"With due respect to the dragonfly, I think I'd rather be a human being. So, how long will it take?"

"A couple of billion years, if you succeed."

As the amoeba began its long integrative transcendence, I opened my eyes, and saw that the moon had moved far to the west. But already, I had looked way beyond it, all the way to the stars.


2-3. The "Superorganism"

"Thats one bizarre looking geological formation," I overheard one of the tourists remark. I was doing tiger conservation work at Indias Kanha National Park. We were at the edge of a meadow having brunch. What he was referring to were a number of jagged sandstone spikes or spires spaced out more or less evenly amidst the widely spaced trees. These spikes or spires ranged from less than one foot to more than ten feet tall.

What the tourist didnt know is that the "geological formation" would look even more bizarre if I showed him the video recording of this meadow covering the last millennium compressed into 100 seconds, which of course I didnt have. Otherwise, what he would have seen was the trees mushrooming out of the ground in a matter of seconds, then disappearing, with other trees doing the same, each in its own time and place. This is to be expected. What he would not have expected was that the spikes or spires were doing the same, except it was more like jabbing out of the ground than mushrooming. If we slowed down the playing speed a little, he would also have seen annual flashes of flowering on the part of the trees, and seed dispersal on the part of the spires. It would seem that the sandstone spires are at least as alive as the trees. But there is more. He would also have seen the spires sending out feeding tentacles to forage for grass, leaves and dead wood.

The truth be known, these spikes or spires are termite mounds veritable termite cities - and the "seeds" are winged reproductive termites called alates. In this meadow, all the termite mounds release their alates simultaneously, usually right after the first ground-softening rain.

Yes, you get my drift. The termite mounds exhibit behavior suggesting that they are alive not only alive, but are themselves each a bona fide organism.

Classical biology has it that if a certain object in question can satisfy the so-called Seven Vital Functions, the object is considered a bona fide organism, so lets put the termite mound to the test.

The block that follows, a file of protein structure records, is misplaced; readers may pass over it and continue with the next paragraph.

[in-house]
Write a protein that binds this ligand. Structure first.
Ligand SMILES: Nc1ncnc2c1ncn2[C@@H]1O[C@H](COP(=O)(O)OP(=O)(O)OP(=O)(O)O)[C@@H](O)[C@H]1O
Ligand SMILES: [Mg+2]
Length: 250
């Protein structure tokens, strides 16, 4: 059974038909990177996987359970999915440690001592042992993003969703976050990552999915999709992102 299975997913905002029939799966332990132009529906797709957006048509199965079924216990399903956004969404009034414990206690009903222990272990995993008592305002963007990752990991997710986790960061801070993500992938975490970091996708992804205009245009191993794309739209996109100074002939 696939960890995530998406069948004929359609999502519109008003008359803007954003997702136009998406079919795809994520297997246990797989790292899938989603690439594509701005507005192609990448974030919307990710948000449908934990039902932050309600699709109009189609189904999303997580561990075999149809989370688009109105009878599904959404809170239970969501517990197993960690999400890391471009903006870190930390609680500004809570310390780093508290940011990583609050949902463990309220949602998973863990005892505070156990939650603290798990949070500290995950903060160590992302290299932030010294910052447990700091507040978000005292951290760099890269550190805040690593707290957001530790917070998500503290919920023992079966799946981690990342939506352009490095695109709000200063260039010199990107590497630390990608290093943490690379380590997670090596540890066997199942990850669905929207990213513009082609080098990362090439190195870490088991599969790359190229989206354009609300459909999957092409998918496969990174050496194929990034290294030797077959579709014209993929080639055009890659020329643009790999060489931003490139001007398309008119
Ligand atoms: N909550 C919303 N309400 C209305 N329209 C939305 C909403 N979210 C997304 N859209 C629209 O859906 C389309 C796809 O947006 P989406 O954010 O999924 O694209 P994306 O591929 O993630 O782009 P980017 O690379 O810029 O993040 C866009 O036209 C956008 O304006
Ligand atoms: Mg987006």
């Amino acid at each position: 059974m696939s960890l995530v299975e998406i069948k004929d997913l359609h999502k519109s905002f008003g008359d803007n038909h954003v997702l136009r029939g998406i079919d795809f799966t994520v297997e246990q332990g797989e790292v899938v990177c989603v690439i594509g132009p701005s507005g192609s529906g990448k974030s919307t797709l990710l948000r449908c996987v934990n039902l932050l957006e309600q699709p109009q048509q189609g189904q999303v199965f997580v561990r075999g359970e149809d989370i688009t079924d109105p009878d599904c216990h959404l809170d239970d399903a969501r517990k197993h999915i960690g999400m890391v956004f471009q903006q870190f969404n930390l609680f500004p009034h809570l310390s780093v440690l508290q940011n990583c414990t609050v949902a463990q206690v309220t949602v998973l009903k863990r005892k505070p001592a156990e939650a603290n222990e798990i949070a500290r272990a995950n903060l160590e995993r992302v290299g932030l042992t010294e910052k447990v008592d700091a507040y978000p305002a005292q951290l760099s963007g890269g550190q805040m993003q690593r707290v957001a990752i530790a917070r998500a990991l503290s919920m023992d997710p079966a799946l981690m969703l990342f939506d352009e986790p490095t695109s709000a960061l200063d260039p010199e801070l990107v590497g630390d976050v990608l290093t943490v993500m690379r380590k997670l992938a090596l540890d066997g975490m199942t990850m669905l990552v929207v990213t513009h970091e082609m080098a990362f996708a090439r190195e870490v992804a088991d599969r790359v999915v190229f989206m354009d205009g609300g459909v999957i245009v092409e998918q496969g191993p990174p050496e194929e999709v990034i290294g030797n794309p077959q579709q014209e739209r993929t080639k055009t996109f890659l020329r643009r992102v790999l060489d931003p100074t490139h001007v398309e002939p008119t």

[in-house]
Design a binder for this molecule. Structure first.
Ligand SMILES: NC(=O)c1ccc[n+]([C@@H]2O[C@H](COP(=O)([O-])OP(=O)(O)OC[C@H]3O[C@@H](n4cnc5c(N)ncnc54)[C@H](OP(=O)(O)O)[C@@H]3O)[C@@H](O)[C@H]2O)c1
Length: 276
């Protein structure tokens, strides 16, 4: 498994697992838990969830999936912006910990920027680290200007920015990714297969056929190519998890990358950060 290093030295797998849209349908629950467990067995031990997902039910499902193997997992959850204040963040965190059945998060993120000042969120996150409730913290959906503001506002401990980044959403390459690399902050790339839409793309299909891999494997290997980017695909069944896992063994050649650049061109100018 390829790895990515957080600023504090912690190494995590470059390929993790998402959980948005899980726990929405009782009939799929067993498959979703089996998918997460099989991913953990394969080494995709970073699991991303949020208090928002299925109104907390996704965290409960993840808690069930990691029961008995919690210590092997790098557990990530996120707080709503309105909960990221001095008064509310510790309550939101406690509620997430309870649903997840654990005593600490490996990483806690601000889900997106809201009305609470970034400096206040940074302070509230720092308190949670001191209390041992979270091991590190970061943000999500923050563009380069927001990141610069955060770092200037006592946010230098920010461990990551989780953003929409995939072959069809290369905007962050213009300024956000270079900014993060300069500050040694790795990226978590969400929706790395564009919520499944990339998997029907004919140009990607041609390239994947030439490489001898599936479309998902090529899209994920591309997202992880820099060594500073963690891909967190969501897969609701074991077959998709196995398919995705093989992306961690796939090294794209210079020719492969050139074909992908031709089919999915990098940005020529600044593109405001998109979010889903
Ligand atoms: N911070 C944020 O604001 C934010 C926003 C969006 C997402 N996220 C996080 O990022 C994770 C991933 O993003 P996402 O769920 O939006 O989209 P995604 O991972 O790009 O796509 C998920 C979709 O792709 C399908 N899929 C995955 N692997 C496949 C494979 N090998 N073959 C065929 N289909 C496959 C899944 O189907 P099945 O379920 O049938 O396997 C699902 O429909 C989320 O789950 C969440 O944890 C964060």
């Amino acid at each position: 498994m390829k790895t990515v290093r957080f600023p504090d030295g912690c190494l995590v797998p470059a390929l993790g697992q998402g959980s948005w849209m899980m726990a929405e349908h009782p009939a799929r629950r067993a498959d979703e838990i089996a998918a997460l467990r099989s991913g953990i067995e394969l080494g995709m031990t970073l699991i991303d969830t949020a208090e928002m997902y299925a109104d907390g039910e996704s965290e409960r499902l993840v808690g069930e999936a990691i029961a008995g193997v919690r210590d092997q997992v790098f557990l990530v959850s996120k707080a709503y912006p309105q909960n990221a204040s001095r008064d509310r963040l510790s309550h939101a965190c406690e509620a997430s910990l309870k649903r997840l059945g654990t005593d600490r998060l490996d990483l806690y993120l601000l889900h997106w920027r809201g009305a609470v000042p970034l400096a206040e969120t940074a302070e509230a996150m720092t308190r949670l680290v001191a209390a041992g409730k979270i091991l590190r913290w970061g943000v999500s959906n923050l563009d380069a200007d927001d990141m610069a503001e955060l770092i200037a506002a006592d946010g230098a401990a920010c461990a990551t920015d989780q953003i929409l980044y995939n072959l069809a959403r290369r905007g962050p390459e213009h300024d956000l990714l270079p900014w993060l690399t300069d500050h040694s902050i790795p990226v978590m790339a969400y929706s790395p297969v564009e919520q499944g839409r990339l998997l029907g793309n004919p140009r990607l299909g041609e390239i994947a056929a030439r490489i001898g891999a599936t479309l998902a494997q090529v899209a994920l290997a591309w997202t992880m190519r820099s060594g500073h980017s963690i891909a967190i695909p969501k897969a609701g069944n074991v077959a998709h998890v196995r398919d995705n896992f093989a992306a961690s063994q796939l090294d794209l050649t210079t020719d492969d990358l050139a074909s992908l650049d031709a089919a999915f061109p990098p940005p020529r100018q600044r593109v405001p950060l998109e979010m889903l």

1. Nutrition - The termite mound does ingest grass, leaves and dead wood as food. We are talking about what the mound ingests, not what the individual termites ingest, because there are certain termite species which takes leaves into the mound, not for the termites direct consumption, but to use as substrate for the cultivation of certain species of fungi upon which the termites themselves feed. In this case, the mound ingests the leaves, and the fungus is but an intermediate product of the mounds digestion.
  2. Excretion - The mound does discharge waste products, such as dead termites and exhausted substrate. The termites own body waste is used as building material for the mound. In this case, the termites feces is considered an internal secretion of the mound, equivalent to the internal secretion of the crab which builds the shell of the crab.
  3. Respiration - There is gaseous exchange with the environment oxygen it, carbon dioxide out. It does require oxygen for the release of energy.
  4. Irritability - The mound does react to external stimuli. If attacked, it defends itself (by means of its soldiers). If damaged, it heals itself (by means of the major workers).
  5. Movement - A termite mound, in fact, has more power of movement than a tree, since it can send out its termites in search of food.
  6. Growth - As our virtual videotape demonstrated. The mound also grows in its constituent termite population.
  7. Reproduction - Old mounds do beget new mounds. In this context, the reproduction of the termites constitutes the growth of the mound.
  8. Ill make it even tougher by adding not one, not two, but three more Vital Functions

  9. Homeostasis - The termite mound can maintain its own core temperature to within one degree year round. If heated, it cools itself (by water-cooling); if chilled, it warms itself (by the termites clustering).
  10. Differentiated Cooperation - Just as the cells of a termite are differentiated into organs which cooperate among themselves within the body of the termite, so are the termites themselves differentiated into castes which work as social organs within the body of the mound.
  11. Evolution - Not only do the termites themselves evolve, so do their mounds, in terms of maximum size and internal population, structure and physiology (caste function).

So, the termite mound is indeed a bona fide organism.

This is not altogether a new notion. As early as the 1920s, entomologists had already advanced the term "Superorganism". If the termites are organisms, they reasoned, then the organism that they collectively constitute should be called a Superorganism. This became an instant sensation, lauded for holding great promise, and made a few major waves which, unfortunately, soon died down and stayed dead. Why?

The lack of systematics and a sense of order.

Lets follow this line of reasoning:

Is an amoeba an organism? Yes.

Is a dragonfly an organism? Yes.

Is a body cell of a dragonfly an organism? Conventionally, no. Unconventionally, yes. Why?

Lets ask this: Is a termite an organism? Yes. Even if it is also an integral differentiated unit of a higher-level organism - the termite city (instead of the less descriptive "mound") - unable to survive on its own as a dragonfly can? Yes. So, again, is a body cell of a dragonfly an organism? YES, even if it is also an integral differentiated unit of a higher-level organism the dragonfly unable to survive on its own as an amoeba can.